Core of Evil by Nigel McCrery
Violet Chambers becomes Daisy Wilson through an aromatic cup of tea, flavoured with Christmas roses.
|Core of Evil by Nigel McCrery|
|Reviewer: Jill Murphy|
|Summary: Part police procedural and part psychological thriller, there's a lot to enjoy in this very visual and rather disturbing book. The detective's synaesthesia provides an interesting subtext and the villain of the piece is truly a monster.|
|Buy? Yes||Borrow? Yes|
|Pages: 400||Date: November 2009|
"There are all kinds of horrible things in the Christmas rose," she said, watching to see whether Daisy could still hear her. "Helleborin and hellebrin are both like digitalis, which I've also used before, but there's saporin and protoanemonin as well. It's a very nasty cocktail."
And now Daisy has met her rather sticky - and graphically effluent - end, and Violet has become Daisy, Daisy sets her sights on a new town, a new identity and, most importantly, a new victim. Daisy has problems with her memory - the identities go back so far that sometimes she can barely remember who is she is now, let alone all the whos she's been before, and most certainly not the who with whom she began. She knows she must be careful and she knows that one mistake could see it all unravel. But she's meticulous and careful - and gruesomely good at what she does. In fact, nobody even knows she's doing it.
DCI Mark Lapslie is on gardening leave. Suffering from synaesthesia, he perceives noises as tastes and the disease went into overdrive some time back. It's left him utterly disabled, finding it impossible to function properly unless there's absolute silence. His wife has left him, taking their children with her - he couldn't stand to be around them anyway, what with the noise - and his career is in ruins. Called back to deal with a desiccated body found at the site of a road accident, he knows the case is probably his last chance to resurrect his job.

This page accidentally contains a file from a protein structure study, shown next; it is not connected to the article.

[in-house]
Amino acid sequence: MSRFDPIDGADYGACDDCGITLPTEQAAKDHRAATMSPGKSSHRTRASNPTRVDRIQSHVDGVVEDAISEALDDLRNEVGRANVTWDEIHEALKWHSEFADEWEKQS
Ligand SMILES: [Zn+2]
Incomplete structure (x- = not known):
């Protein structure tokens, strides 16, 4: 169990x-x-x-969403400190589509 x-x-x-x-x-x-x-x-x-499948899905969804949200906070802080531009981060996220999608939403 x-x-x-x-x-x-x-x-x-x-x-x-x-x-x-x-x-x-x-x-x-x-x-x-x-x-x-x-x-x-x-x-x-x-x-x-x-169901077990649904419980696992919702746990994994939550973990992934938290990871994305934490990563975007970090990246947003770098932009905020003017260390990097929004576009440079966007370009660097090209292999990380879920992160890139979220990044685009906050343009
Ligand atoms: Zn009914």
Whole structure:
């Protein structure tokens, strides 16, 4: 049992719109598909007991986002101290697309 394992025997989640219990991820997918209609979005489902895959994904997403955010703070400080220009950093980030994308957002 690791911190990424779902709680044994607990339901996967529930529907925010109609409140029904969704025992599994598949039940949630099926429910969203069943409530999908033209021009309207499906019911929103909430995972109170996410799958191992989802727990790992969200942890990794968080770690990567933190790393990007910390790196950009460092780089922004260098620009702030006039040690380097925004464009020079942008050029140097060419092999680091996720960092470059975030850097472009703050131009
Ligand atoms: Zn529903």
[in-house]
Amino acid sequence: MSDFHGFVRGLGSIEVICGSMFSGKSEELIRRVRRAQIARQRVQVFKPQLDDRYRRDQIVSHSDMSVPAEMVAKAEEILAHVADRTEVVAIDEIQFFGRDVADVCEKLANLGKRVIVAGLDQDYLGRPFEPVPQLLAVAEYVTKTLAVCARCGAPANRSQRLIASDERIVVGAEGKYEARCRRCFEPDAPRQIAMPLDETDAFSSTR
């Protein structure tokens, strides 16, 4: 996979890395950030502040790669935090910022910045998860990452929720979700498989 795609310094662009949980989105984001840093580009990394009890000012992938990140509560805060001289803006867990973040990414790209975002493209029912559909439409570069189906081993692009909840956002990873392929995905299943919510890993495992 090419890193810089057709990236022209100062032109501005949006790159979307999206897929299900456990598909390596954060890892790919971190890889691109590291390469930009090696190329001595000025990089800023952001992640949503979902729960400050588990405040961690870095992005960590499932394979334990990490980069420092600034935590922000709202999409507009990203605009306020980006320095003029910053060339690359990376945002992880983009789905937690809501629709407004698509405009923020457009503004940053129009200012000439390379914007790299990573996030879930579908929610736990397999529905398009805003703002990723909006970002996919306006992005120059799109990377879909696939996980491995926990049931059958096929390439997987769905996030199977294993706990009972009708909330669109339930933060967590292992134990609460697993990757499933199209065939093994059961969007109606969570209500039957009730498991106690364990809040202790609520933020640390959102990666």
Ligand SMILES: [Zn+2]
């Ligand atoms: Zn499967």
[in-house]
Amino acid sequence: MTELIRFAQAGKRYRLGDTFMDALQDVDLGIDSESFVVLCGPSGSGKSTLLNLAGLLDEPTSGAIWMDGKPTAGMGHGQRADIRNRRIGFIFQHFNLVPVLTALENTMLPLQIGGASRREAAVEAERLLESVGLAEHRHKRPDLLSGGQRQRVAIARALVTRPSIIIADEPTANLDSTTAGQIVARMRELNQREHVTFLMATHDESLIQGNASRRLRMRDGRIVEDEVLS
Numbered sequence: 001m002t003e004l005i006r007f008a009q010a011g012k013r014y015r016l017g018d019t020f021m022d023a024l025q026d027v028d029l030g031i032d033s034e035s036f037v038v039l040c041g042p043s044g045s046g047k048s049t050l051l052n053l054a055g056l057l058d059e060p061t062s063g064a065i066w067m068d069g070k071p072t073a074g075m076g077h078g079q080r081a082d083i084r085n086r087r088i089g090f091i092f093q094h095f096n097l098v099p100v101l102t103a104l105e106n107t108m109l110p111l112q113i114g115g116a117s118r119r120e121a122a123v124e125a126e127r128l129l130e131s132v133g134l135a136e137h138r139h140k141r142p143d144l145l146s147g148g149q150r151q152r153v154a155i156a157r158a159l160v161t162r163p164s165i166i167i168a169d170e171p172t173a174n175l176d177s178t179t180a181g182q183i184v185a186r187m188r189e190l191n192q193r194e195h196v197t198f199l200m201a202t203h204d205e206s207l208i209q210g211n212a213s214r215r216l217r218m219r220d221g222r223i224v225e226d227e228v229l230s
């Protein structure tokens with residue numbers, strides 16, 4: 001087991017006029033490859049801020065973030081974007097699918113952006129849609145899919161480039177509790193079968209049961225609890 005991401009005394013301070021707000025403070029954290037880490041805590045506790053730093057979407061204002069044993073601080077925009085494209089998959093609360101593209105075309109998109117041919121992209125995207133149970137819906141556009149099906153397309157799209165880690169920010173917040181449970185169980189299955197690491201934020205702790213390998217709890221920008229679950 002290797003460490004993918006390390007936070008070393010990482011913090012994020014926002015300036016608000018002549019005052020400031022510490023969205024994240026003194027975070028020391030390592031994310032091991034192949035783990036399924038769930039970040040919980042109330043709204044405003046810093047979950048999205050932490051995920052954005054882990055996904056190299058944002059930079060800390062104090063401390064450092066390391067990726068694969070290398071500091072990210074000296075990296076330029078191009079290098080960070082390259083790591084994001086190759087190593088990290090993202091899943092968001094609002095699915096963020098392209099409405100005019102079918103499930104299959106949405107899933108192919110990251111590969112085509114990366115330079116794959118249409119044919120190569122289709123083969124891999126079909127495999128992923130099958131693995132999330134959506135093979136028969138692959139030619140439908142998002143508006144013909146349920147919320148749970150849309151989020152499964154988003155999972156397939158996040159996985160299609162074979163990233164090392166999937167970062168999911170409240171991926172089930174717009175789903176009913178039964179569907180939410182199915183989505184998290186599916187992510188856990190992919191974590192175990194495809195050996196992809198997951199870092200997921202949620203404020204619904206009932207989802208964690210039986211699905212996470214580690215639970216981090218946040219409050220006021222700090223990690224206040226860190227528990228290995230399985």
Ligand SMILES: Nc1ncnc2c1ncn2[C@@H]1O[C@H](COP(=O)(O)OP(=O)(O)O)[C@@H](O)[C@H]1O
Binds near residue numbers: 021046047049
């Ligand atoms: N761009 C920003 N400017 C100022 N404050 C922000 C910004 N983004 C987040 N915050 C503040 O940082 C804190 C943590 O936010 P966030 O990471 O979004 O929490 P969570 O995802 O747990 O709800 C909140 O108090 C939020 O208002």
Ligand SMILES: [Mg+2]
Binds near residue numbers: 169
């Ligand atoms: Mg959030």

It's an alternate narrative - serial killer and synaesthete policeman turn by turn. So if you like a mystery in your crime reading, Core of Evil probably isn't for you. There is a conspiracy subplot for you to guess at, but the murderer's doings are all there in black and white. I rather like it this way - the tension is watching the inevitable collision of the two strands, and in wondering how it will all be resolved.
Daisy is a wonderfully gruesome creation. She's precise and careful and she plans her crimes well. She's reserved and typically English middle class and conservative - but the mask slips at the moment of murder and she takes the most horrible glee in her victim's death. It's so outre and awful that it's almost black humour. In fact, one of the press quotes in the front of the book says Arsenic and Old Lace runs wonderfully amok - and those are pretty much my thoughts too.
Lapslie is an interesting copper, in a traditionally police procedural way. He's in danger of being put out to pasture and in many ways it would be a welcome release. But the detective in him can't quite bear the thought and he applies himself to this case in a dogged and persistent but intelligent manner. He knows there's something bigger than the murder he's investigating behind the DCS's unhelpfulness, and he puts out feelers, but he doesn't let it get in the way of his search for the culprit.
I don't read much crime but I can't get enough of it on TV and perhaps this is why I thoroughly enjoyed this very visual book. In addition to having been a policeman himself, McCrery has some very successful credits in TV crime to his name, including Silent Witness and New Tricks. Core of Evil is absorbing and pacy, with an interesting policeman and a horribly gruesome murderess. What more could you want?
My thanks to the nice people at Quercus for sending the book. We also have a review of Tooth and Claw by Nigel McCrery.
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